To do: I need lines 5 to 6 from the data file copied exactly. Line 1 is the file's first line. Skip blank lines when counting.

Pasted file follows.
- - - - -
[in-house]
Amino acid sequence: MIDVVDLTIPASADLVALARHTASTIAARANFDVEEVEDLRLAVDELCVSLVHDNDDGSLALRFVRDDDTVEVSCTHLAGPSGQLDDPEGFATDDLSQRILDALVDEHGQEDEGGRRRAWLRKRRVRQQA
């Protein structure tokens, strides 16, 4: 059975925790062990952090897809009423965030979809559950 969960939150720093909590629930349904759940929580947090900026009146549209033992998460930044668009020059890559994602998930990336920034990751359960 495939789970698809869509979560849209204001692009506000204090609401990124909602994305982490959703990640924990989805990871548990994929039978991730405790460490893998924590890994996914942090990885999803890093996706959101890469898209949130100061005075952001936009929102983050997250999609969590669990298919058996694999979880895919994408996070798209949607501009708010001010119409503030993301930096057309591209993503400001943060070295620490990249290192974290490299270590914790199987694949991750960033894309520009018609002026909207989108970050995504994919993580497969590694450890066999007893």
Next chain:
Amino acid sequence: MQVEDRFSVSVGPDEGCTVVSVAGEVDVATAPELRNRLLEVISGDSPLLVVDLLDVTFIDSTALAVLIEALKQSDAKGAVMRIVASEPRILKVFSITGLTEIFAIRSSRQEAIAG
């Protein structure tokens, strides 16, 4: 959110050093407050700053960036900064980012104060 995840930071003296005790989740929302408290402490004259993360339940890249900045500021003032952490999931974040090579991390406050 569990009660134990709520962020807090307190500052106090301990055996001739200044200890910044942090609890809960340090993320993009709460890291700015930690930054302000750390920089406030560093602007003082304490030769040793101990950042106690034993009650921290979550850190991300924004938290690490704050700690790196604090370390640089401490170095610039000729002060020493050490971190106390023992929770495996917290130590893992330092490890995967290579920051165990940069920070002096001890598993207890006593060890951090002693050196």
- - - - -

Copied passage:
Amino acid sequence: MQVEDRFSVSVGPDEGCTVVSVAGEVDVATAPELRNRLLEVISGDSPLLVVDLLDVTFIDSTALAVLIEALKQSDAKGAVMRIVASEPRILKVFSITGLTEIFAIRSSRQEAIAG
């Protein structure tokens, strides 16, 4: 959110050093407050700053960036900064980012104060 995840930071003296005790989740929302408290402490004259993360339940890249900045500021003032952490999931974040090579991390406050 569990009660134990709520962020807090307190500052106090301990055996001739200044200890910044942090609890809960340090993320993009709460890291700015930690930054302000750390920089406030560093602007003082304490030769040793101990950042106690034993009650921290979550850190991300924004938290690490704050700690790196604090370390640089401490170095610039000729002060020493050490971190106390023992929770495996917290130590893992330092490890995967290579920051165990940069920070002096001890598993207890006593060890951090002693050196």